Kolbe v. HoganSteven Lieberman
Kolbe v. Hogan
Last week the 4th Circuit issued a decision in Kolbe v. Hogan.
This is a big deal.
Most of us that live in California have a very difficult time believing that there are anti-gun states that might actually have laws more draconian than our own. Well… Maryland is a contender.
In Maryland they ban magazines capable of holding more than 10 rounds… we are all familiar with that… and they ban a whole class of weapons that they deem “assault weapons”. Chief among those are the AR-15 and variants.
Maryland was sued based on the fact that their statute violates the Second Amendment as incorporated to the states via the Fourteenth Amendment through the Heller and McDonnell cases.
The district court sided with the State and said some surprising things. First they stated that Magazines do not fall within the scope of protection afforded by the Second Amendment. This is in line with the 9th Circuit ruling in Sunnyvale that magazines separate and distinct from firearms and as such can be regulated.
(If you have arrived here from our newsletter, continue reading here:)
The lower court in Maryland also stated (correctly) that the Second Amendment only protects weapons that are in common use and not ones that are “dangerous and unusual”. Then the court went over the wire and found that AR-15’s are not in “common use”.
Well… the case was appealed to the 4th and last week they issued their opinion.
Essentially they stated that the lower court screwed the pooch. First they stated that if the state is allowed to ban component parts of a firearm then they could essentially gut the entire meaning of a recognized fundamental right.
Why stop at magazines?
Why not make firing pins illegal. Why not ban bolts and sights?
imagine if this were a a First Amendment case… : Yes… you can write anything you want… The State completely understands the need for freedom of speech…but it is illegal to use words when writing.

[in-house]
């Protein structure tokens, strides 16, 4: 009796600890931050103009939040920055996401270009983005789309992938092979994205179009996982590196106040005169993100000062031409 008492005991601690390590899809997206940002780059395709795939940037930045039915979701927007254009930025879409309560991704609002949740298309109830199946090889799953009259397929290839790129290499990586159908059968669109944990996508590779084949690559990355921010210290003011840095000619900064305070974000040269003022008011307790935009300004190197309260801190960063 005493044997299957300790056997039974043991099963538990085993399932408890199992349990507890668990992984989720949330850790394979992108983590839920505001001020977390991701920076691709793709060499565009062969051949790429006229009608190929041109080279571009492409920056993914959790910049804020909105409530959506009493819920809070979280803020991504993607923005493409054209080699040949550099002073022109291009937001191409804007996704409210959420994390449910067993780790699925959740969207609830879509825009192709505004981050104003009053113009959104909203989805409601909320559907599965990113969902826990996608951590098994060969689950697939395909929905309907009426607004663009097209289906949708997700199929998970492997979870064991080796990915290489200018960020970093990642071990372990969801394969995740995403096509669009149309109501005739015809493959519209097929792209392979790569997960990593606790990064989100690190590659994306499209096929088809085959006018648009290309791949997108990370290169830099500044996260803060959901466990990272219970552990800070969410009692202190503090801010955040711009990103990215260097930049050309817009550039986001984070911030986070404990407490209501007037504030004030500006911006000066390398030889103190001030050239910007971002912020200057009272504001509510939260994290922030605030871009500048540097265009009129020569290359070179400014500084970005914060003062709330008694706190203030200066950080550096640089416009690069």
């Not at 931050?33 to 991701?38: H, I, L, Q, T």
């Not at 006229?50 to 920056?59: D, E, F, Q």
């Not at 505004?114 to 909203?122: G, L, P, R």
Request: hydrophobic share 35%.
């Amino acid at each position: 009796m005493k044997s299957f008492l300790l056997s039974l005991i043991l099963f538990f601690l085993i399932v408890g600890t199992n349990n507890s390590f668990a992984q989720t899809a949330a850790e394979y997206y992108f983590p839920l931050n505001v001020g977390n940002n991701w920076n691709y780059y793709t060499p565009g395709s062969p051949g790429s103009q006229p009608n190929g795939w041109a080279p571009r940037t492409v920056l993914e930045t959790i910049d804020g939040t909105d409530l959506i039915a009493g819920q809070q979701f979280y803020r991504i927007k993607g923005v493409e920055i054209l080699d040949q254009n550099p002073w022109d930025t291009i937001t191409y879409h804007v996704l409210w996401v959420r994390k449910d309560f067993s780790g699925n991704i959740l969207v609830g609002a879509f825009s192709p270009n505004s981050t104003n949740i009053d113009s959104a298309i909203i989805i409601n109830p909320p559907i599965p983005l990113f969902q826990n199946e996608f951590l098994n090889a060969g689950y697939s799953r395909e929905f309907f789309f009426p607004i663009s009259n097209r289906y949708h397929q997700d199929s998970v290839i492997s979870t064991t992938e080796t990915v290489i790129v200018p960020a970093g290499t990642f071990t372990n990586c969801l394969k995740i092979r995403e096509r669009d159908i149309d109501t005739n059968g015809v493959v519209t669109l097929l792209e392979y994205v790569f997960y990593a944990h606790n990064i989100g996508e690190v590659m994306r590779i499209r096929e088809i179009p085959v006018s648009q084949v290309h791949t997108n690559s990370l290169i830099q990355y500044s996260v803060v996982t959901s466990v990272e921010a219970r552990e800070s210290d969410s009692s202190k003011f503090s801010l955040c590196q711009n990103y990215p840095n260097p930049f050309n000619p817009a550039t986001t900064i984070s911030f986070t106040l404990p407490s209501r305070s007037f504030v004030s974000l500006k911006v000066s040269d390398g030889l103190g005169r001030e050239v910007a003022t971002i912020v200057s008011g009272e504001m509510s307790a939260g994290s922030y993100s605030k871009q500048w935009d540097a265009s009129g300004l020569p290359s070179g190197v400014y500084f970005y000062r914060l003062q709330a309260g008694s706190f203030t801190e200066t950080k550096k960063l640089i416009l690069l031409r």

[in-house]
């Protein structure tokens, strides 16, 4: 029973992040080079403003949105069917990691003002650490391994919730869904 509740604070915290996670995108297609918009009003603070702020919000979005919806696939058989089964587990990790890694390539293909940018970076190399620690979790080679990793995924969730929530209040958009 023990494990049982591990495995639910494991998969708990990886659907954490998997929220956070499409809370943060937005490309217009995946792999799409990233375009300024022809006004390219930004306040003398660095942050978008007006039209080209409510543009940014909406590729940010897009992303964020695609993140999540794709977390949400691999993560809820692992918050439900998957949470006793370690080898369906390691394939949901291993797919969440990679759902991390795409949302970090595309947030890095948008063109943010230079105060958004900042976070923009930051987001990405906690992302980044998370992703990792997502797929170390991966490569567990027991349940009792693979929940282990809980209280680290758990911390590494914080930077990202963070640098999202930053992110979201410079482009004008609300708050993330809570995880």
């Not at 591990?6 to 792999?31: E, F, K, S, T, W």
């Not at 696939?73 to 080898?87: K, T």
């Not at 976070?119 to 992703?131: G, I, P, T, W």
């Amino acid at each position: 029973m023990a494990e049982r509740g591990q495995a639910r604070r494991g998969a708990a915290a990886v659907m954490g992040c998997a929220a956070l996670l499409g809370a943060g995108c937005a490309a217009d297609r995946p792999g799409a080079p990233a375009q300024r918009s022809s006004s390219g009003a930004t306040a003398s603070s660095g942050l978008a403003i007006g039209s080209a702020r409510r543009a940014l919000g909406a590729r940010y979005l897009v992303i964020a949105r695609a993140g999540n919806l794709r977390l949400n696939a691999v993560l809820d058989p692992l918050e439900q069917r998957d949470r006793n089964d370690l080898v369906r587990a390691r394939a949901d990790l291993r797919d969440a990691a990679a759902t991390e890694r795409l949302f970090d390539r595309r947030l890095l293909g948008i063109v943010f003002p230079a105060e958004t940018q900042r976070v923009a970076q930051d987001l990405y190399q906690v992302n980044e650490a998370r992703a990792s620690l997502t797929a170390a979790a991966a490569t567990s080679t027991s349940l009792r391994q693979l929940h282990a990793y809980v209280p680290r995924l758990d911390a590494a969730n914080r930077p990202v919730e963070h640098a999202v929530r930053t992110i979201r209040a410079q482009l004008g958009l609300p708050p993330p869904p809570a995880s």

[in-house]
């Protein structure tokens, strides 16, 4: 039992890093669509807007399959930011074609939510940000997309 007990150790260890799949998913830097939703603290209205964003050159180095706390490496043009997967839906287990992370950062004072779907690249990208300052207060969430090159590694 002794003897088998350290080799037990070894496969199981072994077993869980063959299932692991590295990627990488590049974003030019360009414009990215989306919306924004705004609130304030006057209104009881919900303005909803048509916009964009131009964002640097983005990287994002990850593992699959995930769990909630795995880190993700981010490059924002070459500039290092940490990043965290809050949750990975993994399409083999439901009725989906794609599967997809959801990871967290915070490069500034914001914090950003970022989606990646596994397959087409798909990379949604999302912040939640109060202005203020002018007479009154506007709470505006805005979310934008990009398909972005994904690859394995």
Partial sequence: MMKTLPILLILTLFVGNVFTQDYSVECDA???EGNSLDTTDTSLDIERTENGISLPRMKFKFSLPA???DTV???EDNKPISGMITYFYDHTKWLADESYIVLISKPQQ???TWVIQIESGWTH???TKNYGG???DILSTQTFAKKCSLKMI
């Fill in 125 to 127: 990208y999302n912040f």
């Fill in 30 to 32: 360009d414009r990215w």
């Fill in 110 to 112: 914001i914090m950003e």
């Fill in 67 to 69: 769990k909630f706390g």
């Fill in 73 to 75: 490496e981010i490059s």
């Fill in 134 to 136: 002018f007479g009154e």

The State cannot eviscerate a fundamental right through shenanigans like that.
They also took the lower court to task on the idea of “common use”. Essentially they stated that the sheer numbers of semi-automatic rifles that are sold each year make the argument that they are “unusual” sophomoric. in dicta the court stated that individuals are left to make their own weapons choices… it is not the role or prevue of the State to suggest or demand a certain methodology for personal defense.
Then the biggie…. the Strict Scrutiny argument.
Appeals courts have since the Heller decision done their best to tweak the Second Amendment in such a way as to make the the right unenforceable. The largest step towards the evisceration of the Second Amendment took place in the case of of US v. Marzzarella decided by the 3rd Circuit.
Rather than accepting the reasoning behind the Heller decision, they created a whole new test… we will call it “intermediate scrutiny” to see if a law violates the Second Amendment.
Ok… a civics reminder: If someone enjoys a “fundamental right” and a law seeks to abrogate that right, then the court needs to apply a “test” to see if the law is Constitutional. When it comes to fundamental rights, a limiting statute must be based on a “compelling State interest”, and there must be “no less restrictive alternatives.”.
This test is called a “Strict Scrutiny” analysis, and generally speaking no statues or ordinances are going to survive the test. After all, there are always “less restrictive alternatives”.
If the right in question is not a “fundamental right” then a lesser test can be employed. As long as there is a “rational basis” for the law, and the application is not “arbitrary and capricious” the law limiting the exercise of the “non-fundamental right” will be upheld.
The problem is that the Supremes recognized the Second Amendment as a Fundamental Right in Heller.
The 3rd Circuit started using what they call an intermediate level of review in Marzzarella, and many of the other Circuits adopted that test. Much to the dismay of Justice Clarence Thomas in a dissent issued last year.
The 4th Circuit essentially agreed with Thomas last week, and said that the appropriate level of review of these laws is Strict Scrutiny.
We now have a flat out, 100% split among the Circuits.
These are usually the types of cases that the Supremes love to hear since it is necessary for us as a nation to philosophically be on the same page so to speak. We can’t have fundamental rights protected in one Circuit and not in another.
We shall see within the next few months how this plays out… but Freedom got a little stronger last week.